Sport GAA

Thursday 13 December 2018

€5m sponsor boost for Dubs


Dublin manager Jim Gavin. Photo: Sportsfile
Dublin manager Jim Gavin. Photo: Sportsfile
AIG first came on board with Dublin in late 2013 in a five-year deal reportedly worth €4m. Photo by Eoin Noonan/Sportsfile

Frank Roche

Dublin GAA is moving further away from its rivals, on and off the pitch, after extending the county's lucrative deal with chief sponsors AIG - believed to be worth around €1m per year to Gaelic games in the capital.

The insurance giant yesterday confirmed another five-year extension to its partnership with the Dublin County Board (covering football and hurling), the Dublin LGFA (ladies football) and Dublin camogie.

AIG first came on board with Dublin in late 2013 in a five-year deal reportedly worth €4m. That deal lapses in November and, while no figures will be officially unveiled, it's understood this new arrangement will be worth approximately €5m over its duration.

Considering the second biggest GAA sponsorship deal is thought to be Cork's €420,000-per-year package with Chill Insurance, it puts the scale of Dublin's pulling power into perspective.

As with the previous AIG deal, there is no bonus-related element involved. It's clear, though, that their partnership has not only delivered a financial windfall for Dublin GAA but also a PR bonanza for the sponsors.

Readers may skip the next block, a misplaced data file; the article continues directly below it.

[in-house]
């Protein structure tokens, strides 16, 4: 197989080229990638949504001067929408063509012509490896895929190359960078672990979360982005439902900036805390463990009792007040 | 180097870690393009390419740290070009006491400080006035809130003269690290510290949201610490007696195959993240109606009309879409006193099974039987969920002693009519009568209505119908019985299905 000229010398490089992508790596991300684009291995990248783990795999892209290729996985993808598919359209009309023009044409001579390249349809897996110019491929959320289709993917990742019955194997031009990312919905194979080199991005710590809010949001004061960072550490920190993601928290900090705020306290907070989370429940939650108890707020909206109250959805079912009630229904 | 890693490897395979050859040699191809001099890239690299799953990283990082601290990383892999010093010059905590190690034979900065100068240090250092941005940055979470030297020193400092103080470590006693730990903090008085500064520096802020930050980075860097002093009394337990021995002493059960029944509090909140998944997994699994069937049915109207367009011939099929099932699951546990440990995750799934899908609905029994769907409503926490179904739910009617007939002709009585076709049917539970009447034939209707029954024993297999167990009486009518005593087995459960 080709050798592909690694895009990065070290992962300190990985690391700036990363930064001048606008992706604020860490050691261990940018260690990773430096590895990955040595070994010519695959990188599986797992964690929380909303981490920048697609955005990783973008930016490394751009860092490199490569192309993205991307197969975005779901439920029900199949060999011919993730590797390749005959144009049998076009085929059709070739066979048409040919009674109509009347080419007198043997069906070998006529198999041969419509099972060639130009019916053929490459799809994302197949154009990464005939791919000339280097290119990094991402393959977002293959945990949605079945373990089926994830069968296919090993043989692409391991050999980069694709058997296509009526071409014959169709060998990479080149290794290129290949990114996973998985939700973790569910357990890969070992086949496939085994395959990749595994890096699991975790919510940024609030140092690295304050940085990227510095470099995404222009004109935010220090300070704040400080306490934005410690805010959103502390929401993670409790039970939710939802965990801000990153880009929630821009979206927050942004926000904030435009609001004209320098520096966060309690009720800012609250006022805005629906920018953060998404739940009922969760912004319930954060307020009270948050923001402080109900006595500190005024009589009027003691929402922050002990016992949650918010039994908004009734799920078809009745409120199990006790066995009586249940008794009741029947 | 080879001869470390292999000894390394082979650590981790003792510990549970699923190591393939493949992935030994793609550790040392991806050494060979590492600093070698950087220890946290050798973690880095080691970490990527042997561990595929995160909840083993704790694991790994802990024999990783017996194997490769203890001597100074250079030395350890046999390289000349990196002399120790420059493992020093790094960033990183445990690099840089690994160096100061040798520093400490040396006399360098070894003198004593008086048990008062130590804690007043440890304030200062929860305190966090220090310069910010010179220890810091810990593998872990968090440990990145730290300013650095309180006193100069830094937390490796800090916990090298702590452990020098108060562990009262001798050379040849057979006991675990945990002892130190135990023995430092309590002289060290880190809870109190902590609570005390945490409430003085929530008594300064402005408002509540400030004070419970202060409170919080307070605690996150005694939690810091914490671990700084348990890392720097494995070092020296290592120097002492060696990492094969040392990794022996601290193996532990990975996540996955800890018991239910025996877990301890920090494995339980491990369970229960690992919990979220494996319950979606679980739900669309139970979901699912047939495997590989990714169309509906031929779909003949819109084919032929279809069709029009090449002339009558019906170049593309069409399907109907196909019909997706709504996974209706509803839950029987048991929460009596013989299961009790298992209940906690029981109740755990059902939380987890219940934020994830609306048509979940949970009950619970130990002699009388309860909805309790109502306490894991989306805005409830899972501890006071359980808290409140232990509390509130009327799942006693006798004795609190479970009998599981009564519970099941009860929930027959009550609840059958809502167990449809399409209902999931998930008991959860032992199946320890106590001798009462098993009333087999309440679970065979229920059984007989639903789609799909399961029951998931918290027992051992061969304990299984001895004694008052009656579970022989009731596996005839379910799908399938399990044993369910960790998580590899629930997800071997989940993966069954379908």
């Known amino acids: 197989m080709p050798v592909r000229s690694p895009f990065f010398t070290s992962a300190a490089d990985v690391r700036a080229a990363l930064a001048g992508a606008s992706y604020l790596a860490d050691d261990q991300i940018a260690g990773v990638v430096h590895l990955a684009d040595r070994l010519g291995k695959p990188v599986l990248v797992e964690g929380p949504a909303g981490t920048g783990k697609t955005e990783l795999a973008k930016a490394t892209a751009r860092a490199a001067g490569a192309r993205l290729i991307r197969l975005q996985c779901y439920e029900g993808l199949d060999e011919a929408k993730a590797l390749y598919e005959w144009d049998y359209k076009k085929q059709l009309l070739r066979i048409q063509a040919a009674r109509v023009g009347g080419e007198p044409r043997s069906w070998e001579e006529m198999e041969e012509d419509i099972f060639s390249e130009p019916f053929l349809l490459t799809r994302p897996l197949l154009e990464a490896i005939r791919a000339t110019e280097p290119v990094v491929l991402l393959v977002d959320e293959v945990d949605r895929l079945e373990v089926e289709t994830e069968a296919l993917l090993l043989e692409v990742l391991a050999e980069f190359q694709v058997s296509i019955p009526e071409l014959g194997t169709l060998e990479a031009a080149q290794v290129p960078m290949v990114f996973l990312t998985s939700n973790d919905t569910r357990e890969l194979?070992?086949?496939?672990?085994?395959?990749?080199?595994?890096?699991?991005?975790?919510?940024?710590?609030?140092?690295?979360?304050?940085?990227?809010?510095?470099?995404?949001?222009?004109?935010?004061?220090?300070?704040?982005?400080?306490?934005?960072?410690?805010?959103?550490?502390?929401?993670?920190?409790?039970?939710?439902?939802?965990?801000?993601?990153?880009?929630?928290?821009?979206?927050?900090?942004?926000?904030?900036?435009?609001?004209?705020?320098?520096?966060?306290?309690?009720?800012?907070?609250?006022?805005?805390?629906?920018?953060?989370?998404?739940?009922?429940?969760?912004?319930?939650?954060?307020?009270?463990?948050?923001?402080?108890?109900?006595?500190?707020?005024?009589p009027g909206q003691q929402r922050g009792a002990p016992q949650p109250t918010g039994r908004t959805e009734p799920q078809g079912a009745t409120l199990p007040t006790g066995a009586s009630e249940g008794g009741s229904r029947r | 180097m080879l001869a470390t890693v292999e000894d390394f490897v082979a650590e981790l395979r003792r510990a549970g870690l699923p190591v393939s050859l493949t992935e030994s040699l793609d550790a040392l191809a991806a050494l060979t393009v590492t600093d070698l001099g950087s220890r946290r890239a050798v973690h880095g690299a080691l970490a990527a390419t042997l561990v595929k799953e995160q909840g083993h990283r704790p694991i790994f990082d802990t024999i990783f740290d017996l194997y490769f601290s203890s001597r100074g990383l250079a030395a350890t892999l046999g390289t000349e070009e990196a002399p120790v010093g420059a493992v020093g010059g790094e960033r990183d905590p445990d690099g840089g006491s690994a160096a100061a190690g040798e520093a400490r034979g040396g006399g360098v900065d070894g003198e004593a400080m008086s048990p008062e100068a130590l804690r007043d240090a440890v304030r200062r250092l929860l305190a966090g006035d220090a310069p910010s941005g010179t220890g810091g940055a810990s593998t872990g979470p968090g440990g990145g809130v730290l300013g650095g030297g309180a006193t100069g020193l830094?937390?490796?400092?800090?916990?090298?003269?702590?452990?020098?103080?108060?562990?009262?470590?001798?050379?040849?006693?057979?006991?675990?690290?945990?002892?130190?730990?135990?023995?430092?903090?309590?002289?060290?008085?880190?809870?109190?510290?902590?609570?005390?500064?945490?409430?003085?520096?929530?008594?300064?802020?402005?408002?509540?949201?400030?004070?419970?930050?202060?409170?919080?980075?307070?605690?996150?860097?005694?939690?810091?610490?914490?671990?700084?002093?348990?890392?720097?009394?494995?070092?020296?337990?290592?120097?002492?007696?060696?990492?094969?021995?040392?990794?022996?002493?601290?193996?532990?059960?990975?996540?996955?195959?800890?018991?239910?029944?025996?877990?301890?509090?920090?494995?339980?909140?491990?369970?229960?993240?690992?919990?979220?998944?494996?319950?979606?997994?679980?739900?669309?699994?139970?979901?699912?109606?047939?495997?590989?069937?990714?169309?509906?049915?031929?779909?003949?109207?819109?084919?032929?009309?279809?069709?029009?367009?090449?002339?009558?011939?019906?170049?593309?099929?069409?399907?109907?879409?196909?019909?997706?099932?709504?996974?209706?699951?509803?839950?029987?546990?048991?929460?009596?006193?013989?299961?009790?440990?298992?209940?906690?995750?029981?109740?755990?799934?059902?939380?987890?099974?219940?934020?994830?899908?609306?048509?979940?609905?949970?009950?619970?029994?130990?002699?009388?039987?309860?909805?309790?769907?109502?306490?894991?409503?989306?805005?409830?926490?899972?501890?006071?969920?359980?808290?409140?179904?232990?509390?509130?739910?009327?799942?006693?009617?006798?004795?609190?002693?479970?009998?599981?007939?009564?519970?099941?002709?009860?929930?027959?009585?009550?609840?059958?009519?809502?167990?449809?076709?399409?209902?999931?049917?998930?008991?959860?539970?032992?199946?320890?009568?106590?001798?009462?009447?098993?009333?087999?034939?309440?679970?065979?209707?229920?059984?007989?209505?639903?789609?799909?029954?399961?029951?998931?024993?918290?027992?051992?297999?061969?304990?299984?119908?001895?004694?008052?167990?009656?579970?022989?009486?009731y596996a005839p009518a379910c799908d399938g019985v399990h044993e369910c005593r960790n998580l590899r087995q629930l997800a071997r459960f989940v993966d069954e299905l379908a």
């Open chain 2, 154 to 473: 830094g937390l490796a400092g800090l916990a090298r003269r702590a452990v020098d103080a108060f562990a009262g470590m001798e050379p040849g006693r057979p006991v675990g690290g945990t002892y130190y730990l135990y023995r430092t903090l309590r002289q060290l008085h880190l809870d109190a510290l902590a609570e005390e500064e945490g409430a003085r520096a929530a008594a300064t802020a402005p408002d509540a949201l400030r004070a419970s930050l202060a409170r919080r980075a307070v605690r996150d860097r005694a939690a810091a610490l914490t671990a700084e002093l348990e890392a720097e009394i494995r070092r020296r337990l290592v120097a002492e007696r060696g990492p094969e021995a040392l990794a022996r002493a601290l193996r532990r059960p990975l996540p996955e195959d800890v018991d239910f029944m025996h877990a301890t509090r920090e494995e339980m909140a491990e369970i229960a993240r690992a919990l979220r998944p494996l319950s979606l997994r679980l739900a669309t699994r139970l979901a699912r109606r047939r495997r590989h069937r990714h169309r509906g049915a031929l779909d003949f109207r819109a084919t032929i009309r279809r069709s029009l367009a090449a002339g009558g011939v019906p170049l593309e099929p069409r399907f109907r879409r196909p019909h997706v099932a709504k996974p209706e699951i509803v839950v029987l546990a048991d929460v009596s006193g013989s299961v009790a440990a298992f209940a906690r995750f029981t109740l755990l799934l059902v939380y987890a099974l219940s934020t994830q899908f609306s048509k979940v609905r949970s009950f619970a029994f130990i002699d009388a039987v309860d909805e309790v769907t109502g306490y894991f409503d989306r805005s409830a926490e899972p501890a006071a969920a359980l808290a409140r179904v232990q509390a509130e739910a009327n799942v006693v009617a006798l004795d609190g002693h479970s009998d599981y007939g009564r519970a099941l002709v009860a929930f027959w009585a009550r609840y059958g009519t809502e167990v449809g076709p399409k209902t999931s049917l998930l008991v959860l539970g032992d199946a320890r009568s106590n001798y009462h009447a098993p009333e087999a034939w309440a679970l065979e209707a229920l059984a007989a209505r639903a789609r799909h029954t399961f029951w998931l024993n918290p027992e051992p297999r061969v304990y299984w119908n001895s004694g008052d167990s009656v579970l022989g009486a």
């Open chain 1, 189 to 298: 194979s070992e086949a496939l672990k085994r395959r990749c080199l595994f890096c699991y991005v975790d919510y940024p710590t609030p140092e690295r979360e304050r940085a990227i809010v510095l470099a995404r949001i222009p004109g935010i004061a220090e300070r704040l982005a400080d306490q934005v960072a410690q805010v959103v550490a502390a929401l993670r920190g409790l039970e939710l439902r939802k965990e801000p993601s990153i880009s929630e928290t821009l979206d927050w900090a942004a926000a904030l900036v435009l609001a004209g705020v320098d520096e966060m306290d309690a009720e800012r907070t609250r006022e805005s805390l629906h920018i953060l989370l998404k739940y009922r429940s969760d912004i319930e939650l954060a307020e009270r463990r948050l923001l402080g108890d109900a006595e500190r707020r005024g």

Their flagship footballers have already amassed three (and potentially four) All-Ireland SFC titles along with four Allianz League triumphs during their first five years with the AIG logo on their jerseys.

The Dublin ladies, meanwhile, ended a sequence of three near-misses by scaling the All-Ireland senior summit last September.

Curiously, AIG endured a less successful debut campaign in 2014, having inherited a county that had just lifted the NFL Division 1 trophy and Sam Maguire (in football) plus a history-making Leinster title (in hurling) during the last year of their previous Vodafone deal.

The continuation of the GAA’s most lucrative sponsorship showcases a Dublin brand going from strength to strength.

On the flip side, it is sure to fuel more debate about the need for further Croke Park moves towards funding equalisation to give smaller counties a chance of competing.

Not that Dublin GAA chiefs were peddling that argument as the deal was announced at Beann Eadair GAA Club in Howth.

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